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Police move bravery awards from Brunei-owned Dorchester Hotel over anti-LGBT laws

Protests have taken place outside the Dorchester since the new draconian laws were introduced. Credit: PA

The Police Federation has moved its annual bravery awards ceremony from the Dorchester Hotel over Brunei's new anti-LGBT laws.

Last week, Brunei's leader, Sultan Hassanal Bolkiah, announced a new draconian penal code, which included punishing homosexuality with death by stoning.

The move has sparked outrage worldwide and calls for a boycott of hotels owned by the country.

The Brunei Investment Agency (BIA), through the Dorchester Collection, owns London’s the Dorchester and 45 Park Lane as well as Coworth Park in Berkshire.

Also in its portfolio of hotels, among the world’s most exclusive, are two of Hollywood’s best-known establishments, the Bel-Air and the Beverly Hills.

Demonstrations have taken place outside the hotels over the past week.

In a statement on Twitter, The Police Federation said: "In light of recent events, we have decided not to host our annual Police Bravery Awards at The Dorchester Hotel and will be seeking an alternative venue.

"We cannot in all conscience support a regime which is so fundamentally opposed to the values of respect, diversity and equality we hold so highly within our organisation and policing as a whole.

"And although the decision is no reflection on the staff of the hotel itself who have always done their utmost to ensure that the event is a success, we feel it is the right one."

The chairman of the Police Federation said the values of the federation "would not allow us to be associated with such a regime".

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Home Secretary Sajid Javid attended the awards last year, which are held to celebrate the bravery and accolades of officers on or off duty.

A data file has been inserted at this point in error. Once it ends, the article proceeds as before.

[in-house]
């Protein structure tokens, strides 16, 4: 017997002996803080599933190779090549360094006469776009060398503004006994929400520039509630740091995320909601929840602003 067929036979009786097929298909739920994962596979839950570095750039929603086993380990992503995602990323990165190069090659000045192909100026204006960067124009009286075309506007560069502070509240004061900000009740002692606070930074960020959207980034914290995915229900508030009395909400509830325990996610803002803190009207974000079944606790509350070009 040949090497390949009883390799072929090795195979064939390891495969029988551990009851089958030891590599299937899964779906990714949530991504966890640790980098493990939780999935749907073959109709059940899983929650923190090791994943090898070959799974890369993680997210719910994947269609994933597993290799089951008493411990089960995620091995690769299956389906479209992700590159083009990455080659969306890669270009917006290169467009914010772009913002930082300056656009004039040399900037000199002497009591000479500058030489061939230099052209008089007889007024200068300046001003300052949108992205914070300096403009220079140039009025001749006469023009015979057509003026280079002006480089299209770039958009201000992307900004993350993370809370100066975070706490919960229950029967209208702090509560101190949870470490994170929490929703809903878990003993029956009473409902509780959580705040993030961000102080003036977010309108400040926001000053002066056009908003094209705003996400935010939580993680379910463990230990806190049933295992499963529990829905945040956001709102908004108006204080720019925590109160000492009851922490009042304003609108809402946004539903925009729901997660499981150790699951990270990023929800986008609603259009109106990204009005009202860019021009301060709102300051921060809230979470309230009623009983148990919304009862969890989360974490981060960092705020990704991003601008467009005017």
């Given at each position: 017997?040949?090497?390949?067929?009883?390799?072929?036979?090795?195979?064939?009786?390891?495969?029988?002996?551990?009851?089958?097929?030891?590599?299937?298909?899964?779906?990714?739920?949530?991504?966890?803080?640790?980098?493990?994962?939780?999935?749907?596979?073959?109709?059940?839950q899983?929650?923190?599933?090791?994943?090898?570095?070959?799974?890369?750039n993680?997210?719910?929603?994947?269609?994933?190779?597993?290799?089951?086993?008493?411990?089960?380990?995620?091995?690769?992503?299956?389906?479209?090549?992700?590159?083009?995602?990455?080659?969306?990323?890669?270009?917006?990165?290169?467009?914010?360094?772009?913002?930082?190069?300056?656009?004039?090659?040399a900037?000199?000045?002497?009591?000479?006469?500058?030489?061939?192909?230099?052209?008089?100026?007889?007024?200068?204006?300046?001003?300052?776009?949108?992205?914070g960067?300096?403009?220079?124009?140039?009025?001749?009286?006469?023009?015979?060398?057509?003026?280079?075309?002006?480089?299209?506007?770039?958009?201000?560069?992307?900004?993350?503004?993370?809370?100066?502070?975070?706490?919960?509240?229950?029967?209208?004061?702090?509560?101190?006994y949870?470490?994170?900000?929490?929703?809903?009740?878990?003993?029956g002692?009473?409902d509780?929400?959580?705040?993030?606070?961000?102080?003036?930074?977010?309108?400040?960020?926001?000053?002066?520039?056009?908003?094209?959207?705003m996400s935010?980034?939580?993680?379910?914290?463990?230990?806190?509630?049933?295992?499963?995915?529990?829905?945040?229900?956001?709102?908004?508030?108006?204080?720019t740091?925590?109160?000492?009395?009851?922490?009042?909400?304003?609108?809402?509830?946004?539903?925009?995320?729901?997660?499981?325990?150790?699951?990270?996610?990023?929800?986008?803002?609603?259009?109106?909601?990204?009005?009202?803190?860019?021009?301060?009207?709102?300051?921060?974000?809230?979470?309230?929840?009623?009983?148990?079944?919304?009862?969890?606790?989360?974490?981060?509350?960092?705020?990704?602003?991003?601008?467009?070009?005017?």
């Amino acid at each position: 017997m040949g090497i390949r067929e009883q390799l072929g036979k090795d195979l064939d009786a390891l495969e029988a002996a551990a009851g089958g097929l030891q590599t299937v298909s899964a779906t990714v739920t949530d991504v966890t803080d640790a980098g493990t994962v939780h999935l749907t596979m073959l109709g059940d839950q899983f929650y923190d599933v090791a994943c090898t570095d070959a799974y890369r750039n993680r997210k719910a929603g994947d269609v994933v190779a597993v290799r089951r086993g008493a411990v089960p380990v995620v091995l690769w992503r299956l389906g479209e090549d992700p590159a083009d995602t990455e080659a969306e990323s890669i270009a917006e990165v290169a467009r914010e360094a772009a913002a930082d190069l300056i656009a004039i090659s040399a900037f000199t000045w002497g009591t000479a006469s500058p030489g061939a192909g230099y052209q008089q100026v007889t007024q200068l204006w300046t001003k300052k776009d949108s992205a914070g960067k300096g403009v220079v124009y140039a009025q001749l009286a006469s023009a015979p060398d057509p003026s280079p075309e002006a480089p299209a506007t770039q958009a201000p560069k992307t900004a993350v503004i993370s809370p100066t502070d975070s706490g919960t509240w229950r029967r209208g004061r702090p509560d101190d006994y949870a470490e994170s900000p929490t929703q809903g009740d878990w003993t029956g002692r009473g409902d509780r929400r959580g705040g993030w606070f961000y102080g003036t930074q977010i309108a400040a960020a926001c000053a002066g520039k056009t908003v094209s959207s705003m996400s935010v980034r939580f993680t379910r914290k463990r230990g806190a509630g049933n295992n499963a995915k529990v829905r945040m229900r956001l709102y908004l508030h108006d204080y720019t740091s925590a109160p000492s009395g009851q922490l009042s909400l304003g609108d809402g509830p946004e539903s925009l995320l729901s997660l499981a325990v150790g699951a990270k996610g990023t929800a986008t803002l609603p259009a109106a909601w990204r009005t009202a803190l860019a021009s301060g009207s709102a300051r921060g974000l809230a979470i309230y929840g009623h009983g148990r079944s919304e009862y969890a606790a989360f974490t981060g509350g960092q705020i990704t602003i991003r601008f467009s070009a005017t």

There were 80 nominees from 40 forces last year. PC Keith Palmer, who was tragically killed during the Westminster terror attack, was posthumously given an award for his bravery.

In response to Brunei's new law, The Dorchester Collection said it does not "tolerate any form of discrimination".

Its statement read: "Dorchester Collection's code emphasises equality, respect and integrity in all areas of our operation, and strongly values people and cultural diversity amongst our guests and employees.

"Inclusion and diversity remain core beliefs as we do not tolerate any form of discrimination."

Among those calling for a boycott of the hotels include George Clooney, Elton John and Ellen DeGeneres.

Sir Richard Branson described the laws as "medieval" and tweeted: "New laws in Brunei will punish adultery and gay sex with death by stoning.

"This abhorrent, inhuman and medieval piece of legislation has no place in the 21st century."

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The Police Federation represents more than 119,000 officers in England and Wales up to the rank of chief inspector.

Its annual bravery awards are held to celebrate extraordinary feats of courage and were due to take place on July 18. A new venue has yet to be announced.